Attempts to restrict the franchise are normatively bad, regardless of their effects. Coverage should reflect that.
This is excellent -- I read Cohn and thought, "but he doesn't get it."
Why do I think that? Because I spent the latter part of November 2020 and December 2020 calling Georgia voters for the runoff. I probably had genuine conversations with about 200 of them. So what I learned is anecdata -- but it's not nothing.
Almost all were Warnock/Ossoff supporters: whoever pulled the list got the right demographic set. And, as time went on, quite a few of them had already voted early. We talked to them as much as they were willing to engage anyway, because our object was to get them to scour their family circles and friends for others who might need a nudge to vote -- to enlist them.
And so, whenever they were willing, we talked with them about the means they had used to vote. (This alsoo helped us know if they were just brushing us off by saying they had voted ...) I definitely learned that those drop boxes that were open 24/7 mattered a lot. These mostly older, Black voters didn't trust the post office. Many wanted to put their absentee vote in the box. And they didn't live lives which made them able to do it during business hours.
The ban on water in lines is bad -- and will inspire some visually delightful civil disobedience. Great! But some of the other restrictions will present actual obstacles.
And the whole thrust of the GOP legislation is a moral insult to a democratic society.
I fundamentally believe we should be making it easier for people to vote, not harder to vote. It does not matter whether it has a small chance of succeeding. If everyone can't agree that we should be making it easier for people to vote, are we truly the "greatest democracy in the world"?
A few points.
1. Republicans have been successful on framing the voting rights/access debate.
I was surprised when I read the Checks and Balance newsletter last week and saw people are against expanding voting access. The numbers on Voter ID laws and voting by mail are depressing. I wonder what people think of early voting.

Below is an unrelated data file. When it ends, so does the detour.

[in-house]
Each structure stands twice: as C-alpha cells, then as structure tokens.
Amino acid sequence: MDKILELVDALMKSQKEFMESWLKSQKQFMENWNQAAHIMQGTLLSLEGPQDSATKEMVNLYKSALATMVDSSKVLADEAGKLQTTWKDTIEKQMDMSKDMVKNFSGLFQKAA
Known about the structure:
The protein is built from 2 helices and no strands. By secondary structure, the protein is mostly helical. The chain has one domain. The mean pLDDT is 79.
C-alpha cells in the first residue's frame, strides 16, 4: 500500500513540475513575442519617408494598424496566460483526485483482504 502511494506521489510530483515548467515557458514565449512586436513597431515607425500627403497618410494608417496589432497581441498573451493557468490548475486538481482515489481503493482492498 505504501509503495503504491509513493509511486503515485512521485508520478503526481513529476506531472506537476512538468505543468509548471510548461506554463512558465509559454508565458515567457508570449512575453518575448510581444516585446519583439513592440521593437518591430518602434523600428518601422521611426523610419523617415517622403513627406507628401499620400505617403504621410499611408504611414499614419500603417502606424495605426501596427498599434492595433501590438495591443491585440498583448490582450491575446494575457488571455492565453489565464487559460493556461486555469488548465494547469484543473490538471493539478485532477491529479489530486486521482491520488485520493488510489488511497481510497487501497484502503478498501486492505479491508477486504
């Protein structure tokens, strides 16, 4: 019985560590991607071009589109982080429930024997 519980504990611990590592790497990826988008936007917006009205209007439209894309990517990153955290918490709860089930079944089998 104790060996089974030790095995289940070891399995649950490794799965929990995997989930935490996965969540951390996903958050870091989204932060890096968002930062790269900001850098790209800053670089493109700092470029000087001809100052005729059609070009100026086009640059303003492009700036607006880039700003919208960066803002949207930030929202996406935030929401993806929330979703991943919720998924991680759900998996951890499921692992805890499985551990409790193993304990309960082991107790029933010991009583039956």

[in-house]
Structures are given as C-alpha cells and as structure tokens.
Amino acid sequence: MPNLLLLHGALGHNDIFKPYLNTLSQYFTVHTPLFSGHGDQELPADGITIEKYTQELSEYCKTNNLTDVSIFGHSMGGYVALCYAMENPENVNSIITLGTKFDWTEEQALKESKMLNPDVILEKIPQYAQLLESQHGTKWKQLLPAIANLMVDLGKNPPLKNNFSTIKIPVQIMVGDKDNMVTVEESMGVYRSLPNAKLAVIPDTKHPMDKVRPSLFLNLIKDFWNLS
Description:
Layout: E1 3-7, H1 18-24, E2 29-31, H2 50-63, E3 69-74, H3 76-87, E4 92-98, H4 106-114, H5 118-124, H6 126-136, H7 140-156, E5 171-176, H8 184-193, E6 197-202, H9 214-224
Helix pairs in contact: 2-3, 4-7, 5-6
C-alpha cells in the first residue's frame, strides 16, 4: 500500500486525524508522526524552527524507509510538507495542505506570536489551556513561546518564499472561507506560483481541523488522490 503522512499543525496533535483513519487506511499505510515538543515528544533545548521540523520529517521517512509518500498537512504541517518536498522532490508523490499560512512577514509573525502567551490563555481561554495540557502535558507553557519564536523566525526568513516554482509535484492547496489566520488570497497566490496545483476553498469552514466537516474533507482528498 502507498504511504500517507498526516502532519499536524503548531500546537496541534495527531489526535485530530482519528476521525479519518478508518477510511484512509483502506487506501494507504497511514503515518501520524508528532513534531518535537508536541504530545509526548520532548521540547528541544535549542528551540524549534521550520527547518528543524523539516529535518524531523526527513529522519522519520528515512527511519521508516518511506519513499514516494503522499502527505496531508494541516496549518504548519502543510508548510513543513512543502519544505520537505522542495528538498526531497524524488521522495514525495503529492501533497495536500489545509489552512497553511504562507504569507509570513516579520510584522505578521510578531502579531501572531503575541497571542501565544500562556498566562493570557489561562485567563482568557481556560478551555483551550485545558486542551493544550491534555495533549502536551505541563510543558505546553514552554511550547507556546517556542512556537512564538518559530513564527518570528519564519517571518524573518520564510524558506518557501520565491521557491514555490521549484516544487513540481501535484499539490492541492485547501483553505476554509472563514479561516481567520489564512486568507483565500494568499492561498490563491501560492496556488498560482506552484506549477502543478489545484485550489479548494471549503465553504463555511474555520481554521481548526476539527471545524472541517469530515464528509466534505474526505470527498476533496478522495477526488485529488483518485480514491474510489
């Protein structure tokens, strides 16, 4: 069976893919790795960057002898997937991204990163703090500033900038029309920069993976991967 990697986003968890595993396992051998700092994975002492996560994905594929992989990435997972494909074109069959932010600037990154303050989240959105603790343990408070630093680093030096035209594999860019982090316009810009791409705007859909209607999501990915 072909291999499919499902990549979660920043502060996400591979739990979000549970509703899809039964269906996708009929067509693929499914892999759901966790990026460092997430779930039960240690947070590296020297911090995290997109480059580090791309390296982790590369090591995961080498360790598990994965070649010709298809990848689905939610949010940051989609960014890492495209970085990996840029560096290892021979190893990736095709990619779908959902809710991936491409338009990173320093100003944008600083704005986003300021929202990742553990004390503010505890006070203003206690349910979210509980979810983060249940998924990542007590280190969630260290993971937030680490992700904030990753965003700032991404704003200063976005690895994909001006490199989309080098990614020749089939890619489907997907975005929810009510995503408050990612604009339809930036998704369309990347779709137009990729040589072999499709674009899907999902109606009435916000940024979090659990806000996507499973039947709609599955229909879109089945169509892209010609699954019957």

2. Congress won't pass the John Lewis Voting Rights Act. I find it extremely distasteful that a southern Democratic Senator (Joe Manchin) refuses to get rid of the filibuster and the bill is DOA in the Senate. Manchin wants a compromise bill with Republican support (that will never happen because Republicans will not act in good faith).
3. I'm seeing some takes from conservatives that the John Lewis Voting Rights Act is unconstitutional because it infringes on states' rights.
Article 1, Section 4 of the Constitution states:
"The Times, Places and Manner of holding Elections for Senators and Representatives, shall be prescribed in each State by the Legislature thereof; but the Congress may at any time by Law make or alter such Regulations, except as to the Places of chusing Senators."
According to the Constitution, Congress should set federal election laws, not the states.
4. This is setting the stage for Republican state legislatures to attempt to overturn Electoral College state result in key states where Democrats win.
5. Ultimately democracy is becoming a partisan issue, where one party is willing to behave according to previous norms and one party values winning and power above all else. Hillary Clinton did not try to overturn the 2016 election that she lost. Donald Trump tried to overturn the results of the 2020 election.
I'm quite pessimistic on the future of democracy and voting rights.